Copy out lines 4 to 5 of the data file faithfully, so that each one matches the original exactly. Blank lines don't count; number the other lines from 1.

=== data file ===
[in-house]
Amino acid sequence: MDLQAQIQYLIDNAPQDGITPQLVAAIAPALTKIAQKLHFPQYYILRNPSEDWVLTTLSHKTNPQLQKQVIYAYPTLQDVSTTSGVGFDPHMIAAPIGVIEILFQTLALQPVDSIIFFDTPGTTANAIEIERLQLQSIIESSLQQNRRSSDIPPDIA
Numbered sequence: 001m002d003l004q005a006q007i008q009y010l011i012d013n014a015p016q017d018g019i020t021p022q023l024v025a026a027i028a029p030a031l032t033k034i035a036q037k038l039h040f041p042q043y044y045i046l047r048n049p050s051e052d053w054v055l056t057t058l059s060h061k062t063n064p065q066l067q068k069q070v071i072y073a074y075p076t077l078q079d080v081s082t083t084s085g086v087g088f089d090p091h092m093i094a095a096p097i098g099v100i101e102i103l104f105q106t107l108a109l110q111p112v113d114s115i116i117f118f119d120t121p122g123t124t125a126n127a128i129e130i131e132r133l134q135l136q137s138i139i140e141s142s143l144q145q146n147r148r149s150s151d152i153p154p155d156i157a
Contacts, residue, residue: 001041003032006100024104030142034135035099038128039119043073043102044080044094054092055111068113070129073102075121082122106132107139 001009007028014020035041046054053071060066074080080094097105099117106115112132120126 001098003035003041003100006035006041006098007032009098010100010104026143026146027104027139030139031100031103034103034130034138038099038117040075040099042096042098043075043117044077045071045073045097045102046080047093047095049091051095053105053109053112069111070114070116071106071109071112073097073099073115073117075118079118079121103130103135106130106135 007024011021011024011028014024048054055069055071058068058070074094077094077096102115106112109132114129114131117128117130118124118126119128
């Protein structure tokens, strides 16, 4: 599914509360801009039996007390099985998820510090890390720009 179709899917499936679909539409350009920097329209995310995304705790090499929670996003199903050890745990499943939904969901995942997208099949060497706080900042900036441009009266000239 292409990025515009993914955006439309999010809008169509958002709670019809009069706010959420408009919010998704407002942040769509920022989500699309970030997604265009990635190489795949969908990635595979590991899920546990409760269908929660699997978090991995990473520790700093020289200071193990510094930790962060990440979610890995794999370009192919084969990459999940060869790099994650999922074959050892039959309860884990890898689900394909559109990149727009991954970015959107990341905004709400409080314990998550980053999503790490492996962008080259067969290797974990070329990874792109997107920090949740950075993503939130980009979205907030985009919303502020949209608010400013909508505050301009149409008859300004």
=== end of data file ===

Contacts, residue, residue: 001041003032006100024104030142034135035099038128039119043073043102044080044094054092055111068113070129073102075121082122106132107139 001009007028014020035041046054053071060066074080080094097105099117106115112132120126 001098003035003041003100006035006041006098007032009098010100010104026143026146027104027139030139031100031103034103034130034138038099038117040075040099042096042098043075043117044077045071045073045097045102046080047093047095049091051095053105053109053112069111070114070116071106071109071112073097073099073115073117075118079118079121103130103135106130106135 007024011021011024011028014024048054055069055071058068058070074094077094077096102115106112109132114129114131117128117130118124118126119128
């Protein structure tokens, strides 16, 4: 599914509360801009039996007390099985998820510090890390720009 179709899917499936679909539409350009920097329209995310995304705790090499929670996003199903050890745990499943939904969901995942997208099949060497706080900042900036441009009266000239 292409990025515009993914955006439309999010809008169509958002709670019809009069706010959420408009919010998704407002942040769509920022989500699309970030997604265009990635190489795949969908990635595979590991899920546990409760269908929660699997978090991995990473520790700093020289200071193990510094930790962060990440979610890995794999370009192919084969990459999940060869790099994650999922074959050892039959309860884990890898689900394909559109990149727009991954970015959107990341905004709400409080314990998550980053999503790490492996962008080259067969290797974990070329990874792109997107920090949740950075993503939130980009979205907030985009919303502020949209608010400013909508505050301009149409008859300004």